by Deb Cummings
In our series, Careers in Motion, we bring you interviews with alumni who are innovators, thought leaders and experts in their field. This month’s interview is with someone who may sound, and we mean sound familiar: alumnus Dr. Raj Bhardwaj, MD’96, who has a weekly health and medicine program on CBC Radio 1 every Tuesday at 7:45 a.m.
If you haven’t heard him discuss everything from the hidden risks of licorice and irregular heartbeats to physician-assisted suicide, you may have seen him at the Sheldon M. Chumir Health Centre where he’s an emergency room doctor or at Beakerhead, where, in the past, he’s been on stage with his friend and collaborator, Dr. Darren Markland, MD’98, performing science shows with the zany flair of street buskers.
When did you decide you wanted to be a physician, and why?
I was a giant nerd as a kid. Star Trek was my favourite show, and, maybe surprisingly, Mr. Spock was my favourite character. I loved his approach to problems and his ability to think his way out of messy situations. That pointed me in the direction of science. When I did my undergrad, I really enjoyed physics, but, honestly, I lost interest when I couldn’t picture the problems in my head anymore … around the time we started studying modern physics. I pivoted to psychology since I was interested in cognitive science (how the brain worked) … and then decided that a career in that wasn’t for me. But medicine was always simmering under the surface as an option. I went for it, and was incredibly happy that U of C accepted me into the Class of ’96.
What were some of the biggest lessons you learned at UCalgary?
Med school was exciting, sometimes overwhelming, and always interesting. Since it wasn’t a competitive program once you were in — group work was encouraged; exams were pass/fail) — I got to work with some pretty amazing people with a huge variety of skills and life experience. I was quite young and suffered from Imposter Syndrome, even though I didn’t know it was called that at the time. I remember, more than once, walking to med school with a classmate when one of us would suddenly stop and marvel that we were walking to medical school — us! I still cherish those friendships, that ability to work as part of a team, and that feeling that we were so fortunate to be allowed to do this as a career.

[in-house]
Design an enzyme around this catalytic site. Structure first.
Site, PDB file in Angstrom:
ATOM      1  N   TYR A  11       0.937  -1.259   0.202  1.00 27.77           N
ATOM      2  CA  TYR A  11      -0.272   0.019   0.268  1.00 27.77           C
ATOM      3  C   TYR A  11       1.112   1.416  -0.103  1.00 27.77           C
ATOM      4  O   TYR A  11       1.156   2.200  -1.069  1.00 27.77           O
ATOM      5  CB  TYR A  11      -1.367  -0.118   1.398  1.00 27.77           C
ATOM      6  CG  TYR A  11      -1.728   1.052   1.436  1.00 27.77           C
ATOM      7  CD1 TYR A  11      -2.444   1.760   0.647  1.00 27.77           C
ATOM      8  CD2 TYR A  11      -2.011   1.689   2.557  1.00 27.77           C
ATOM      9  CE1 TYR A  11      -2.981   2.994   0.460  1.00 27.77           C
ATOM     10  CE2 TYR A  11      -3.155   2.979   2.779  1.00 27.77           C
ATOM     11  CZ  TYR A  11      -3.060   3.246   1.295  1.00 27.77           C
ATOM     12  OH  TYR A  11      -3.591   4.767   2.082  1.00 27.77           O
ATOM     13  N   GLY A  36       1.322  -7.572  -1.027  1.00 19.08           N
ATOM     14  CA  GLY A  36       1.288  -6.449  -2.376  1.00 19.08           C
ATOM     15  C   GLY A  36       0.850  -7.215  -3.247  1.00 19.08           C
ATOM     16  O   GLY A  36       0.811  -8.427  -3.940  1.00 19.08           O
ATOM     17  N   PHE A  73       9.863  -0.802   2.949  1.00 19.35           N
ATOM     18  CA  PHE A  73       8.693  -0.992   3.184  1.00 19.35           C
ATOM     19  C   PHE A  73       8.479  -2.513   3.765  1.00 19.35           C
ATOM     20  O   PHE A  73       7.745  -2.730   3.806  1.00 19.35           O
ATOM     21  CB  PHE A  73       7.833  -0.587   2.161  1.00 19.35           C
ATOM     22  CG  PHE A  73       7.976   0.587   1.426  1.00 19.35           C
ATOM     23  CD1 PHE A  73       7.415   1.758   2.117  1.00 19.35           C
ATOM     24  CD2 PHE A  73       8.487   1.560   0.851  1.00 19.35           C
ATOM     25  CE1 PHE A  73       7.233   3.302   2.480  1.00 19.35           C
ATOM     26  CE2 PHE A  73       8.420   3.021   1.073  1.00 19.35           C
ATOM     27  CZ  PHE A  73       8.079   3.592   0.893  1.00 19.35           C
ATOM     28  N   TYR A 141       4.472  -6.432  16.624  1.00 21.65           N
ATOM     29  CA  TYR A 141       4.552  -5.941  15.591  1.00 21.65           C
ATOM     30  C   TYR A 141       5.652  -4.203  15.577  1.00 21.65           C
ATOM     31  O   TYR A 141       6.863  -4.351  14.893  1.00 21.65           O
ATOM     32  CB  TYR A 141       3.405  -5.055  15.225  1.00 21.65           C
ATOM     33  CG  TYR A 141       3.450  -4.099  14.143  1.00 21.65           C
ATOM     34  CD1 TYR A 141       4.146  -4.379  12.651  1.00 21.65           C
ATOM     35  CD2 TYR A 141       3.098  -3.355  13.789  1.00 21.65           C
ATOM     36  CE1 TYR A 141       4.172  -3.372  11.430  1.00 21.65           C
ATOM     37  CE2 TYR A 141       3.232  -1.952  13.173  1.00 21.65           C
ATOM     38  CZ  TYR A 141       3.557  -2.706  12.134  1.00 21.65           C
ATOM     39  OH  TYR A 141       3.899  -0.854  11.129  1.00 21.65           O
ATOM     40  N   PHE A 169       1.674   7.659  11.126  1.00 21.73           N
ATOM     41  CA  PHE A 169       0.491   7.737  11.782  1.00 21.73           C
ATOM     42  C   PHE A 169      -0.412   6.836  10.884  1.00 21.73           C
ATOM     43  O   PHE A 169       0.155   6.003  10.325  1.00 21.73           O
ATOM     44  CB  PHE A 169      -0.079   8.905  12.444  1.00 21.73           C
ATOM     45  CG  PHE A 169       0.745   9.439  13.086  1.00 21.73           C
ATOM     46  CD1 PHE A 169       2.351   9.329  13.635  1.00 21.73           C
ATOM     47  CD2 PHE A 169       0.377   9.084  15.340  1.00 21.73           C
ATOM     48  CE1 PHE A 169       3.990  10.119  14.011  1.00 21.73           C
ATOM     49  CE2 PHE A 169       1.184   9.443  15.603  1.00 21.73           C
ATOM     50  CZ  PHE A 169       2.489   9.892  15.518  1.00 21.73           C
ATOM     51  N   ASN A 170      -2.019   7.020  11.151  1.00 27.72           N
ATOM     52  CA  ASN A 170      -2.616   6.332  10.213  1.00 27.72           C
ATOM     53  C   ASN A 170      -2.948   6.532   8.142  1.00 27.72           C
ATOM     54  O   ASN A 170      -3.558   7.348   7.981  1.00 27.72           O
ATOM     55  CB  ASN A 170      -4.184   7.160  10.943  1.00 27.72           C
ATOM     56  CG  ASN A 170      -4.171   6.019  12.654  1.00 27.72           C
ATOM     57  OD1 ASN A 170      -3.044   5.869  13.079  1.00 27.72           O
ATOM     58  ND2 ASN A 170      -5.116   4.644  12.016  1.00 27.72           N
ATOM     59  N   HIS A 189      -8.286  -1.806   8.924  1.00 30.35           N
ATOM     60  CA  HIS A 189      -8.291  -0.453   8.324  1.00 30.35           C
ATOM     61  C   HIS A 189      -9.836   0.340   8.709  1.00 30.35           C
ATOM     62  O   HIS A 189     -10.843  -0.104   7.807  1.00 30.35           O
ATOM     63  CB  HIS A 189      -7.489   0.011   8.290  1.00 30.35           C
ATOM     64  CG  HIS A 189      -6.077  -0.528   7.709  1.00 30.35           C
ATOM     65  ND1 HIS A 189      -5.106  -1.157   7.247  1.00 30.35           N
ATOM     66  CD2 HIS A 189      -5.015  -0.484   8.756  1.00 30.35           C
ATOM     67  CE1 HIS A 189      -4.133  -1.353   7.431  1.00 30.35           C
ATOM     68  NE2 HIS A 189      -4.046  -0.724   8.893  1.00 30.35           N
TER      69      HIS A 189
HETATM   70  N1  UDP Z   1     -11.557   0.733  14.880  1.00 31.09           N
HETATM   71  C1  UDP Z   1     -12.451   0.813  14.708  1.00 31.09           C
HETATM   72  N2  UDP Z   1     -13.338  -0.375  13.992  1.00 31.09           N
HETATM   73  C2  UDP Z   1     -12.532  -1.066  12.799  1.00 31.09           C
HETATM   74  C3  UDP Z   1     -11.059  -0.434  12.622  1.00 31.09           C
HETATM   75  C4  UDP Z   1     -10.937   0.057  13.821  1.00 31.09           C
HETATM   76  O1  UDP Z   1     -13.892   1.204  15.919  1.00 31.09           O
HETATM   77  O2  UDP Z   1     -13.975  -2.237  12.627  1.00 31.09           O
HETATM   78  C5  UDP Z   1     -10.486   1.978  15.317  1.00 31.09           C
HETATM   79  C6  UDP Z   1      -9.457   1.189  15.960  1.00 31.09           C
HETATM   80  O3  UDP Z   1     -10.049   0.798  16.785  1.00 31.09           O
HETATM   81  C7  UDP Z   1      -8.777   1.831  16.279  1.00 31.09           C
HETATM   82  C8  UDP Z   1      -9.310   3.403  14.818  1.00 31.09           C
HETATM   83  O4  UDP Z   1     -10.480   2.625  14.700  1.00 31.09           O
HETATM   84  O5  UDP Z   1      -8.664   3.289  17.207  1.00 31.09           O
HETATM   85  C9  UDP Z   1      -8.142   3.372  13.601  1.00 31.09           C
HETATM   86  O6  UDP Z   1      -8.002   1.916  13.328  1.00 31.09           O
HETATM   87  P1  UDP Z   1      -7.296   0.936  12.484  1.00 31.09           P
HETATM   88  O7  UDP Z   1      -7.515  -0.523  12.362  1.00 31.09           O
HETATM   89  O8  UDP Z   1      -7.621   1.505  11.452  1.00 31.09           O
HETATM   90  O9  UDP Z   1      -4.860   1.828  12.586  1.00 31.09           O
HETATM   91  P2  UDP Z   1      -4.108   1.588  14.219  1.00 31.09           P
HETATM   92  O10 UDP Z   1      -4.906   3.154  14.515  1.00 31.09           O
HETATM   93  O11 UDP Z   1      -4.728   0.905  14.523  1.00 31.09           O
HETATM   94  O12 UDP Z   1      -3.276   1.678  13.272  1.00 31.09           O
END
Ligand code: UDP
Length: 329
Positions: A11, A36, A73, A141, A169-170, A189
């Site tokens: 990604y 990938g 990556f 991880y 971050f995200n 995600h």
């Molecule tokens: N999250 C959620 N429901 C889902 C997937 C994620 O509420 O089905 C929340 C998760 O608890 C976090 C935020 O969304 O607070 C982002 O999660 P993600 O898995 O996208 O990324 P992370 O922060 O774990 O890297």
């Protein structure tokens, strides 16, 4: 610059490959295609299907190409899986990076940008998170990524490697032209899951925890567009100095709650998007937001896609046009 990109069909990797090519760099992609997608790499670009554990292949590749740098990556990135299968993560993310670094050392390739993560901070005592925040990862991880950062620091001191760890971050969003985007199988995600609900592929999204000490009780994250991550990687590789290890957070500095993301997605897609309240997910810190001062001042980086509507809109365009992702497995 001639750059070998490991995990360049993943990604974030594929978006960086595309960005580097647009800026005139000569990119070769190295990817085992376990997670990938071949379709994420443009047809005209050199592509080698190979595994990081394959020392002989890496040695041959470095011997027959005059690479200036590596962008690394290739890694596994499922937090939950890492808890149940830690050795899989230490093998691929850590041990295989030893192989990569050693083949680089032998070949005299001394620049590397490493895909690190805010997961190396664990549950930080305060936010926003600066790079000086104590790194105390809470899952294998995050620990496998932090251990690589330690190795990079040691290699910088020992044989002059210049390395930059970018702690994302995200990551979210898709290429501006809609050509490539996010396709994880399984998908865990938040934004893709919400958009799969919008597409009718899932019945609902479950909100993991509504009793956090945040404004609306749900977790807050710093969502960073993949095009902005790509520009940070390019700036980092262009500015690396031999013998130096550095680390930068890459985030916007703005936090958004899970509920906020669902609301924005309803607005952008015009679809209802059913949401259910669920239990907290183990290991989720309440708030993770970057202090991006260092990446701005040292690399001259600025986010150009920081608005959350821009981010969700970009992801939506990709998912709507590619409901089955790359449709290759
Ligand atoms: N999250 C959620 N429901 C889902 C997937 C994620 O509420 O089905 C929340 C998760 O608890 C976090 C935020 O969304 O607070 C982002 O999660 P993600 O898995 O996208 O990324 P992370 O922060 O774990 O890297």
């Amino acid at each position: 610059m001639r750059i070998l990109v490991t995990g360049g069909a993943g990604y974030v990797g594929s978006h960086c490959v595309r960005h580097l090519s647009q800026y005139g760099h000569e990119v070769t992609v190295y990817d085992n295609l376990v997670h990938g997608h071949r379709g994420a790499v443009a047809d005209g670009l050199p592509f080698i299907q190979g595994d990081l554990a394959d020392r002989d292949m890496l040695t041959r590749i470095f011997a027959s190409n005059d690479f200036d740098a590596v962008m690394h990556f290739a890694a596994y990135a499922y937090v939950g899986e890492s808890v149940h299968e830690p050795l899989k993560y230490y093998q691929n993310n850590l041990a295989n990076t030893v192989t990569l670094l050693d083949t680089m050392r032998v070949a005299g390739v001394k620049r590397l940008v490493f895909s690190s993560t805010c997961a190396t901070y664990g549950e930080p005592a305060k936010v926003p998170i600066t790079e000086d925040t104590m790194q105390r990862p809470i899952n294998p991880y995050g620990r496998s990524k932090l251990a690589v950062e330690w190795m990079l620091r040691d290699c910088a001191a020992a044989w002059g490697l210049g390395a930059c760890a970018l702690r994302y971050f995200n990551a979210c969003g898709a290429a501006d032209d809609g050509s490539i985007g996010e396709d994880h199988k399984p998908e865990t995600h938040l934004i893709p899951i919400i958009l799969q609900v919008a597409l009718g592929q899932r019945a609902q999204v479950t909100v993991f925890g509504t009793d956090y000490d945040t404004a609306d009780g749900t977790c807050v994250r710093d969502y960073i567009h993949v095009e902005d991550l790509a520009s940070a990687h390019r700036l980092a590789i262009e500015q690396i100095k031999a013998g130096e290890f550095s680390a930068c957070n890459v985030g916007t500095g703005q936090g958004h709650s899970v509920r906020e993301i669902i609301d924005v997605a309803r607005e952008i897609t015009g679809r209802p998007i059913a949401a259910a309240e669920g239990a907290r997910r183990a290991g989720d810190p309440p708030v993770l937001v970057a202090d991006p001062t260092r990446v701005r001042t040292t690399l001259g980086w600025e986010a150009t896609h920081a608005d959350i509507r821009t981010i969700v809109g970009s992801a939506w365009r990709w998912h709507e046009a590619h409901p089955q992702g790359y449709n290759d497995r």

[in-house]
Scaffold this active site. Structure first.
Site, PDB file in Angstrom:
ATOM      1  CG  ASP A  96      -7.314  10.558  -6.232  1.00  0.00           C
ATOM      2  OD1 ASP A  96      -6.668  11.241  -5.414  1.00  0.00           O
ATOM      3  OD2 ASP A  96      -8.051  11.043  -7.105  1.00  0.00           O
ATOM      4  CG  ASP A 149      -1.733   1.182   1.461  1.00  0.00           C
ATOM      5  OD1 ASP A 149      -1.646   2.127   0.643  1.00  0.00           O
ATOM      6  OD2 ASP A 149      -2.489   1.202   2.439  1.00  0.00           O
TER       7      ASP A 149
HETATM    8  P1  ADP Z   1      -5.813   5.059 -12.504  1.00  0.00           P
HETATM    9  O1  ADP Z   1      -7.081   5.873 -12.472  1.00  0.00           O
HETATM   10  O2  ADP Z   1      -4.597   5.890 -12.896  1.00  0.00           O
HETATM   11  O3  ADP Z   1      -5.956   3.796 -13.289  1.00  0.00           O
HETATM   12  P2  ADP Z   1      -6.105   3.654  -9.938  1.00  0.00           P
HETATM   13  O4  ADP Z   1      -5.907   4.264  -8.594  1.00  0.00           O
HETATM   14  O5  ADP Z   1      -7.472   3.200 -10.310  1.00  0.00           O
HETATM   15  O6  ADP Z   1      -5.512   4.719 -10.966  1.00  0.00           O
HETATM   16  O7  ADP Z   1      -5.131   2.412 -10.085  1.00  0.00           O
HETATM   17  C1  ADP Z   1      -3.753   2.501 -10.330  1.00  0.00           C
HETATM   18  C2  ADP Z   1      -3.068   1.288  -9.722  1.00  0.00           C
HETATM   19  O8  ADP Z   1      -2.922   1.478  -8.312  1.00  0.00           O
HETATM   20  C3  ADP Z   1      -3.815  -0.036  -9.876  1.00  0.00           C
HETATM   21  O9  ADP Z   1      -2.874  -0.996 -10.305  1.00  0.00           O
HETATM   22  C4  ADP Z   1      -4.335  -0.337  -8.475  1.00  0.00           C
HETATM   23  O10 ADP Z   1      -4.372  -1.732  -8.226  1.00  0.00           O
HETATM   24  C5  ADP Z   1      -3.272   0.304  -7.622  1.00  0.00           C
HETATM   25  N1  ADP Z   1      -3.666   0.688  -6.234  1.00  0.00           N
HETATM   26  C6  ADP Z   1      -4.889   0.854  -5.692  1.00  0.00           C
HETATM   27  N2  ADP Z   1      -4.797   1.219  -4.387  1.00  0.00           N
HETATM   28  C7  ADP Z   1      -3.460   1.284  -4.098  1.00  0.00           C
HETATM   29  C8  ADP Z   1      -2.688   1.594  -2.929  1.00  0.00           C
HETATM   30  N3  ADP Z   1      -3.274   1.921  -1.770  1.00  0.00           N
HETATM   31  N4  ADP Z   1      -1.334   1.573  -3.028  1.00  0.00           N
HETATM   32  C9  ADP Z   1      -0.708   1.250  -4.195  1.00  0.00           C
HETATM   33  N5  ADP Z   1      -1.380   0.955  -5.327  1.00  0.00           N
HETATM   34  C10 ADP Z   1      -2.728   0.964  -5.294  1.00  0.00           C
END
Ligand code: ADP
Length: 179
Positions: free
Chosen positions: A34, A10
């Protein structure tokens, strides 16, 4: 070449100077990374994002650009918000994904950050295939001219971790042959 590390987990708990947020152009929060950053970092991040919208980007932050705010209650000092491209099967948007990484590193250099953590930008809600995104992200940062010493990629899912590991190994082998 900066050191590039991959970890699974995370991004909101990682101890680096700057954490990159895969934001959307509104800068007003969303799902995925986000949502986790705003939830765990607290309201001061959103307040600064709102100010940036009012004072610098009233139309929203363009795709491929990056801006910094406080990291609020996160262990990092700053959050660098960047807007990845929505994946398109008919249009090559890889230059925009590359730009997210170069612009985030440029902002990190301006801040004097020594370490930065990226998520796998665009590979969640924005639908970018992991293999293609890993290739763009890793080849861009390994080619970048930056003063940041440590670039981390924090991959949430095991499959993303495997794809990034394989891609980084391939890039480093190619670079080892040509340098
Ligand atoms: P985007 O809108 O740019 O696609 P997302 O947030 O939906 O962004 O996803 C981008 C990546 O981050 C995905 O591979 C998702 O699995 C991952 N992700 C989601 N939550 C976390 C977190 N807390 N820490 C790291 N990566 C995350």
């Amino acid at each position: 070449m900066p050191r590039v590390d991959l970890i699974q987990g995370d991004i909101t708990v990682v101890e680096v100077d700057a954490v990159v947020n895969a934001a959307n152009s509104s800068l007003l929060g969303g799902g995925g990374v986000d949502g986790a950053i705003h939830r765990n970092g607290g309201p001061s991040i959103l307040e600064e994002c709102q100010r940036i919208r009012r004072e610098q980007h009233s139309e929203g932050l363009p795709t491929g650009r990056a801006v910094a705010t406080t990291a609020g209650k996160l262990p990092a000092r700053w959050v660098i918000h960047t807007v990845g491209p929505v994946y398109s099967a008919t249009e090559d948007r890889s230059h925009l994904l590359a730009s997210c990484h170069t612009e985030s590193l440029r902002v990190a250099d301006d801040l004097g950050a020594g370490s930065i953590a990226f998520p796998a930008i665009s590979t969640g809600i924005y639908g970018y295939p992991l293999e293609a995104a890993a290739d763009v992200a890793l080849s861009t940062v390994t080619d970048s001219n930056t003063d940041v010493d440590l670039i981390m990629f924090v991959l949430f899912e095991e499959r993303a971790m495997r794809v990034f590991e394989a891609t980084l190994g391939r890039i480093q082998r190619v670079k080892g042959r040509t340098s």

Why the gig at CBC?
What I really enjoy about the gig is helping increase people’s health literacy, so that they can learn about their own health and, hopefully, improve their health at the same time — without “dumbing down” the medical material. Science communication has become a side passion of mine ever since I started volunteering with Beakerhead a few years ago, where I linked up with Mary Anne Moser and Jay Ingram (a sci-comm legend, in my mind). I love the challenge of engaging people, entertaining them and hopefully squeezing in some education at the same time. When I can, I try to do more of that by giving talks at Telus Spark’s Adults Only Nights and at Nerd Nite Calgary. And, of course, blowing stuff up at Beakerhead.
How do you select the content you speak about?
Picking topics for the weekly CBC [program] is the hardest part of the gig. The morning shows — I do interviews each week for 13 different stations around the country — are essentially news shows, so the topics have to have a newsy feel to them. And, for the most part, I really don’t like “study of the week” topics. I like to pick subjects from general headlines, from trends in social media, and sometimes breaking studies so the research takes me quite a few hours every week.
What is the biggest impact you’ve made in your career?
I don’t really think that I’ve made one big impact, but I like to think that I’ve had lots of small, but meaningful impacts on the lives of people that I see in my daily work. It’s a cliché because it’s true: practising medicine really is a privilege.
Do you have any advice for someone about to enter med school or a recent grad?
When you’re trying to get into medicine, there’s a lot of pressure to be well-rounded: read, travel, volunteer, do sports, excel in your studies, but have hobbies, too! And then, once you’re in, there’s suddenly no time for all of that, and the system forces you to focus on one thing for the next several years. Don’t let the system whittle you down into a medical machine. Stay involved in what you enjoy, since that’s what got you this far!
What don’t they tell you at school — something you wish you had known?
Your job is to fight for Life. Death always wins. But you don’t always lose.
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